The Kings were also pursuing Detroit Pistons forward Josh Smith, who currently is making $13.5 million and has four years left.  Smith has regressed considerably since he joined the Pistons last season.  The Kings already have forward Rudy Gay, who is making $17.8 million and has two years left.  Gay was a gunner that both the Memphis Grizzlies and Toronto Raptors realized was detrimental to the team, yet the Kings traded for him.  Surprisingly Gay did have better number with the Kings than the Raptors and the Kings believe a change of scenery will do wonders for Smith too.
Most teams look for good players with cheap contracts, so the players are more valuable.  The Kings appear to want "good" players despite their bad contracts.  Hey Brooklyn Nets, the Kings are willing to trade for Joe Johnson and his massive $23 million contract because they think he'll be better in Sacramento.
The Kings were looking at Smith because they wanted a defensive presence.  There are two undrafted big men that were great defensively in college, UNLV's Khem Birch and Florida's Patric Young.  They would be better and cheaper options compared to trading for Smith.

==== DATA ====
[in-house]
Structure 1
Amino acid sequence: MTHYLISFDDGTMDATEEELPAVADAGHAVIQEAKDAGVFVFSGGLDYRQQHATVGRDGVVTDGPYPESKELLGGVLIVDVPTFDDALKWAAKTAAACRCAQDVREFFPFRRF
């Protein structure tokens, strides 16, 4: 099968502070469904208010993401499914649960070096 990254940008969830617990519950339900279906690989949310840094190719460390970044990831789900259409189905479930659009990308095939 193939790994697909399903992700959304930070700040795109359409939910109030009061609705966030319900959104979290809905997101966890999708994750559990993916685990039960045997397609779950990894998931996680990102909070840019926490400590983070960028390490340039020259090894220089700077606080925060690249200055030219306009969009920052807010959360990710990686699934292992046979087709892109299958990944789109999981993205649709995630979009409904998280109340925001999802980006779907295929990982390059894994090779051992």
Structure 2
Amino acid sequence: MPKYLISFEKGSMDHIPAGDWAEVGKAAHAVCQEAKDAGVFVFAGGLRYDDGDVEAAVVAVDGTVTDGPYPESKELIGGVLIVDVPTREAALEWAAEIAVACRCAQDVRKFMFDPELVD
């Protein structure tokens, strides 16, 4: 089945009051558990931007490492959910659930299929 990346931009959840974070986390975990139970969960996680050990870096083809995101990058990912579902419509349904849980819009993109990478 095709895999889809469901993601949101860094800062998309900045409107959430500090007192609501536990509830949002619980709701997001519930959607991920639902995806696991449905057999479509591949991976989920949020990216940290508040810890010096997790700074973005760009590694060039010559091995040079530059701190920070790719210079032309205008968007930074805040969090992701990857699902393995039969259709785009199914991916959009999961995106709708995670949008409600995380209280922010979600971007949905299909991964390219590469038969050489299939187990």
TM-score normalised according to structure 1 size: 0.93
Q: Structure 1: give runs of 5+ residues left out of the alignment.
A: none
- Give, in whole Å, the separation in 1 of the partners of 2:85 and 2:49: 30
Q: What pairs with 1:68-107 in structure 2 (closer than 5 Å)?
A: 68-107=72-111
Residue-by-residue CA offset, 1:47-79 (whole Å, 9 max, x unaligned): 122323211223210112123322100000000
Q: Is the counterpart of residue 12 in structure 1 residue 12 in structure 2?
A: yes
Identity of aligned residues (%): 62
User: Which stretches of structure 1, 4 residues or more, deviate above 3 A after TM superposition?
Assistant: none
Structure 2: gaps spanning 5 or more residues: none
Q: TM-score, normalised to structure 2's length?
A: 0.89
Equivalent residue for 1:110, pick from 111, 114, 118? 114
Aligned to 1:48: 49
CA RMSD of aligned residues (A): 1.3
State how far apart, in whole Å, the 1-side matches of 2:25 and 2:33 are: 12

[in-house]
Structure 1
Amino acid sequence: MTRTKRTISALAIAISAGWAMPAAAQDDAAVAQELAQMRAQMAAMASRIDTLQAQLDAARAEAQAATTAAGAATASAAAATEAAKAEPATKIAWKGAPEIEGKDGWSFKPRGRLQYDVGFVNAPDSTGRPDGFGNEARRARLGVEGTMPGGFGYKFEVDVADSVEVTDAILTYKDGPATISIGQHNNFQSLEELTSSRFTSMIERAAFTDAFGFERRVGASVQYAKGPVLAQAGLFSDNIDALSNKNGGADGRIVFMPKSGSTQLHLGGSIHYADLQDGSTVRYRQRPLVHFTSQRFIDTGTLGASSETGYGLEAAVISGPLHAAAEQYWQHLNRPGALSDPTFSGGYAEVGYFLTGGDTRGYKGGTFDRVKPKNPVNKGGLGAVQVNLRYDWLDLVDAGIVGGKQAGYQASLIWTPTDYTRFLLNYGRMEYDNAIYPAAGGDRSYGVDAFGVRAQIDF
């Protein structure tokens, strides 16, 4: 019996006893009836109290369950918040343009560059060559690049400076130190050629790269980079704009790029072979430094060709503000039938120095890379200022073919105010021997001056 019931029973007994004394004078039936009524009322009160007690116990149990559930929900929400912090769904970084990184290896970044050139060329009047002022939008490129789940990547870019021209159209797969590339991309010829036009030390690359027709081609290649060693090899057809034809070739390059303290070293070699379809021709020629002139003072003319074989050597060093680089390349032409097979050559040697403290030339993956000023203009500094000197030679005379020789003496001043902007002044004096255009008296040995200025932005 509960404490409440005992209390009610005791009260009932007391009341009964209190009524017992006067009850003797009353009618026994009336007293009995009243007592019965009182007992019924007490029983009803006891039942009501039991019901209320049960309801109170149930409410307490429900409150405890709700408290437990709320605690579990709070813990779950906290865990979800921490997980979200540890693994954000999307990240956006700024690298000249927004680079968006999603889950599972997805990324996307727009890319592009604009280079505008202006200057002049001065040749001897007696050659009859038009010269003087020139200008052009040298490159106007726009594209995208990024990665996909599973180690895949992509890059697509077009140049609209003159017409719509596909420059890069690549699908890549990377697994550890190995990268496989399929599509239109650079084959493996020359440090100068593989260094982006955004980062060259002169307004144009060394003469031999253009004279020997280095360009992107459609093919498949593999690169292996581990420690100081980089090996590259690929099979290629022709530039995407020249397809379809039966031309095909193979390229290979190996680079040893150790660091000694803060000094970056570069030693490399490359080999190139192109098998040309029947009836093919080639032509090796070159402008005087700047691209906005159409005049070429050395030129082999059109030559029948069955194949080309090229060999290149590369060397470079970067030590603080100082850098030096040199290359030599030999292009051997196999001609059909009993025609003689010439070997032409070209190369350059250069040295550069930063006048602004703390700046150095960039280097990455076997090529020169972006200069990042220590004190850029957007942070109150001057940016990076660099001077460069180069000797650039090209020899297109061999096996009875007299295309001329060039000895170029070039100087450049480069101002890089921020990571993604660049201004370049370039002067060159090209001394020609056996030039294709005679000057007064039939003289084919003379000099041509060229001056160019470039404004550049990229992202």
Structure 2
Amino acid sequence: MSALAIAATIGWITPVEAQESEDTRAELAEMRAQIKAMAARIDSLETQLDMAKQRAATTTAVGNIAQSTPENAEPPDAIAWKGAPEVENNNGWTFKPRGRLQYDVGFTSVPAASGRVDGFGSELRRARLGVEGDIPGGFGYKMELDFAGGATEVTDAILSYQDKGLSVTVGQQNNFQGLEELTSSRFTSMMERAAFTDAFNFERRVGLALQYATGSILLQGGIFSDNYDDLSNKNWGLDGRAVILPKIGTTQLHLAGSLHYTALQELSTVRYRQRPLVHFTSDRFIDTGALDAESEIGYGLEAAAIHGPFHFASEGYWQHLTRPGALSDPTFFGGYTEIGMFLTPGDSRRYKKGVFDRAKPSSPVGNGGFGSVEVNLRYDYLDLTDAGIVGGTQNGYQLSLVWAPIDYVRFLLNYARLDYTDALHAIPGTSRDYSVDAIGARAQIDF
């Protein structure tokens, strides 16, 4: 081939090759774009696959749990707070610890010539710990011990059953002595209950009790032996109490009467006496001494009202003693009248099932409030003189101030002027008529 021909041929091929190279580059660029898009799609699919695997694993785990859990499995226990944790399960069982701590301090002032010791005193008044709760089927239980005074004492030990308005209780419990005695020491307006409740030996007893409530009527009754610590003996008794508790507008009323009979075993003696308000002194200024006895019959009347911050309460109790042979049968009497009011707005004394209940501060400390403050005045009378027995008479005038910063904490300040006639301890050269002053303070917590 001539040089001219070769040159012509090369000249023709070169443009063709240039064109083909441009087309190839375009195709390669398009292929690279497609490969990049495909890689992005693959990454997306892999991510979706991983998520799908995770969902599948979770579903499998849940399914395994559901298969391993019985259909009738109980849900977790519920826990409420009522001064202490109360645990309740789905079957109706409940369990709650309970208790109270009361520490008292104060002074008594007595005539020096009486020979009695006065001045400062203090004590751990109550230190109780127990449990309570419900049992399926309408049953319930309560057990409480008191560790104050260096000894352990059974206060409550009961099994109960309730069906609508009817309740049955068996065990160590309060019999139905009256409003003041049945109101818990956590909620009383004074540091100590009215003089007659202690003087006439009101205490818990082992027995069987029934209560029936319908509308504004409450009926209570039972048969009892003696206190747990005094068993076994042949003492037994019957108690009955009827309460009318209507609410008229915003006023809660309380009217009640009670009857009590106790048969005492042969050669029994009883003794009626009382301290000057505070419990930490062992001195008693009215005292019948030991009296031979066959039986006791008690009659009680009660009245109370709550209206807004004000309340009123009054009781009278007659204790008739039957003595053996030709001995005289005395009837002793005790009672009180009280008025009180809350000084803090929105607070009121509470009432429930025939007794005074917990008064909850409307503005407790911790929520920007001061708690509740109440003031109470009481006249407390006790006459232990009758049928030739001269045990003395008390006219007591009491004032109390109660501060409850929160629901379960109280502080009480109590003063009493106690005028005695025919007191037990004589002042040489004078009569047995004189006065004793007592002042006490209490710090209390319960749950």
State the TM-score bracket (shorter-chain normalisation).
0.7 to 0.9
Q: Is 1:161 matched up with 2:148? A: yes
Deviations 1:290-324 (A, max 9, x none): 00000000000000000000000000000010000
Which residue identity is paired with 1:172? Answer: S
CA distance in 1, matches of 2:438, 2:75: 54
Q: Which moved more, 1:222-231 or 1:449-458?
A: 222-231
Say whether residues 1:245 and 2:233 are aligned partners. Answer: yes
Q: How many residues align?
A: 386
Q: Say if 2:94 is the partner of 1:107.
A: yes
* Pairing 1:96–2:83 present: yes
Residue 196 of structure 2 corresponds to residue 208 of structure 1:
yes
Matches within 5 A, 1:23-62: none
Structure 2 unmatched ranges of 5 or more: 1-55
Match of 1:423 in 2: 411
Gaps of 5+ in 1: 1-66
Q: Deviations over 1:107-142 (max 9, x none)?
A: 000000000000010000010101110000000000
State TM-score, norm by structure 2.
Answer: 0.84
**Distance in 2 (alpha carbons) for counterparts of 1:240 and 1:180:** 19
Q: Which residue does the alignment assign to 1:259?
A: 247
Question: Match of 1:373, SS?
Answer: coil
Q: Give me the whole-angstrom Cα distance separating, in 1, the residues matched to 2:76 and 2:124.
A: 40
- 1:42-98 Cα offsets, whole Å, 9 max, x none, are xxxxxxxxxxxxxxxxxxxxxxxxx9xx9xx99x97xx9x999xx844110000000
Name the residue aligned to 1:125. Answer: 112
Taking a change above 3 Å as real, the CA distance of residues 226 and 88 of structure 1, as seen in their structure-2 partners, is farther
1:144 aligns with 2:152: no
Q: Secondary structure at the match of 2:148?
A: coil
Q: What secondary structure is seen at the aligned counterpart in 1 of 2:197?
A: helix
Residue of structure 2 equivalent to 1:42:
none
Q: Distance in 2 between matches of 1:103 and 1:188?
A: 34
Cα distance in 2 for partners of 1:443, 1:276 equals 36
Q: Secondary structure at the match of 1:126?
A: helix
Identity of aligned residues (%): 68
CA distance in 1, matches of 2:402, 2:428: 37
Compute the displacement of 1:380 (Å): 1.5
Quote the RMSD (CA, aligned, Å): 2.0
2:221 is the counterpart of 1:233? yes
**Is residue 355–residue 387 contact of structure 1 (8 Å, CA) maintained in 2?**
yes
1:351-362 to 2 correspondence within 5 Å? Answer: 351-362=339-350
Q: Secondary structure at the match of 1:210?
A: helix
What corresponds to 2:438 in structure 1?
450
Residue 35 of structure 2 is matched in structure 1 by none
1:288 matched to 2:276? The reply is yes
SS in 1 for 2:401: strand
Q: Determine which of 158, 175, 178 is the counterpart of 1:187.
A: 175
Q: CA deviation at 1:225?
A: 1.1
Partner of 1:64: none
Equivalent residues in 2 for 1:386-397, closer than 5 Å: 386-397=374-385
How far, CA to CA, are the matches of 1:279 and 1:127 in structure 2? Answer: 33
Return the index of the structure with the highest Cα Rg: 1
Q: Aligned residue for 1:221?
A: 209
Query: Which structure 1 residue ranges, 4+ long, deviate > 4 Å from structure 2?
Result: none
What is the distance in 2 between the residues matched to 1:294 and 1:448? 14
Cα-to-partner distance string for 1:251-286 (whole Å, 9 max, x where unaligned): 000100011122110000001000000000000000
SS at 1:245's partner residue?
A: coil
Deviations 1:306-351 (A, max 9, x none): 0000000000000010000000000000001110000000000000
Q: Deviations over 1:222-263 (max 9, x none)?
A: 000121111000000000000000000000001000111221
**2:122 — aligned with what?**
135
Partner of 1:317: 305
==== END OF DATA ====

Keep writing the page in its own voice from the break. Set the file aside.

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Tuesday, July 22, 2014

The Greedy Side of Kickstarter and Early Access


These days, many game developers are eschewing major publishers and trying to get their games launched through Kickstarter, followed by Early Access.  With Kickstarter, the game developer uses a crowdfunding platform to raise money for their game project.  Instead of borrowing money from a major publisher, indie developers turn to the general public for sponsorship.  People that donate might get a pre-order bonus.  Since they are avoiding major or mainstream publishers, they are called indie developers.  The reason being is so they have full control over their project, IP (intellectual property), and including how the money is used.